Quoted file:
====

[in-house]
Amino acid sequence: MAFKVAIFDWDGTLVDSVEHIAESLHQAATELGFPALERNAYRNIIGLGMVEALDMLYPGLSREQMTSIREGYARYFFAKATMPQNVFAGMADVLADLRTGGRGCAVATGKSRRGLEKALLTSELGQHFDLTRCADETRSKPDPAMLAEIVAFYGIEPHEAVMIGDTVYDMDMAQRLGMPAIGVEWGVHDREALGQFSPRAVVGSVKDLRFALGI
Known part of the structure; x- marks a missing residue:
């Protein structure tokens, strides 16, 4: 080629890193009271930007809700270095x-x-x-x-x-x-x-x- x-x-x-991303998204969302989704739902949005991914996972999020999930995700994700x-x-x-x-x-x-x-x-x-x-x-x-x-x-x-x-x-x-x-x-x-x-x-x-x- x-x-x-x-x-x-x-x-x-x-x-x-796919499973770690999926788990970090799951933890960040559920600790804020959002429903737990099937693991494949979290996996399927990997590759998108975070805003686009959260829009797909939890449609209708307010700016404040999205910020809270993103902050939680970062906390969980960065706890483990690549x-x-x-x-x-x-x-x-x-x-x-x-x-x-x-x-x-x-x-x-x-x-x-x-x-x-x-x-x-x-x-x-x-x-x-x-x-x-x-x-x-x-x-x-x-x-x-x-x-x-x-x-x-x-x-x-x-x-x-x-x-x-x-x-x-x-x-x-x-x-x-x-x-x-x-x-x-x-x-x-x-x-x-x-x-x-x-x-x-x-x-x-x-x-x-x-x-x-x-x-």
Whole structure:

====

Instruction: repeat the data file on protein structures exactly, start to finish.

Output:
[in-house]
Amino acid sequence: MAFKVAIFDWDGTLVDSVEHIAESLHQAATELGFPALERNAYRNIIGLGMVEALDMLYPGLSREQMTSIREGYARYFFAKATMPQNVFAGMADVLADLRTGGRGCAVATGKSRRGLEKALLTSELGQHFDLTRCADETRSKPDPAMLAEIVAFYGIEPHEAVMIGDTVYDMDMAQRLGMPAIGVEWGVHDREALGQFSPRAVVGSVKDLRFALGI
Known part of the structure; x- marks a missing residue:
């Protein structure tokens, strides 16, 4: 080629890193009271930007809700270095x-x-x-x-x-x-x-x- x-x-x-991303998204969302989704739902949005991914996972999020999930995700994700x-x-x-x-x-x-x-x-x-x-x-x-x-x-x-x-x-x-x-x-x-x-x-x-x- x-x-x-x-x-x-x-x-x-x-x-x-796919499973770690999926788990970090799951933890960040559920600790804020959002429903737990099937693991494949979290996996399927990997590759998108975070805003686009959260829009797909939890449609209708307010700016404040999205910020809270993103902050939680970062906390969980960065706890483990690549x-x-x-x-x-x-x-x-x-x-x-x-x-x-x-x-x-x-x-x-x-x-x-x-x-x-x-x-x-x-x-x-x-x-x-x-x-x-x-x-x-x-x-x-x-x-x-x-x-x-x-x-x-x-x-x-x-x-x-x-x-x-x-x-x-x-x-x-x-x-x-x-x-x-x-x-x-x-x-x-x-x-x-x-x-x-x-x-x-x-x-x-x-x-x-x-x-x-x-x-």
Whole structure: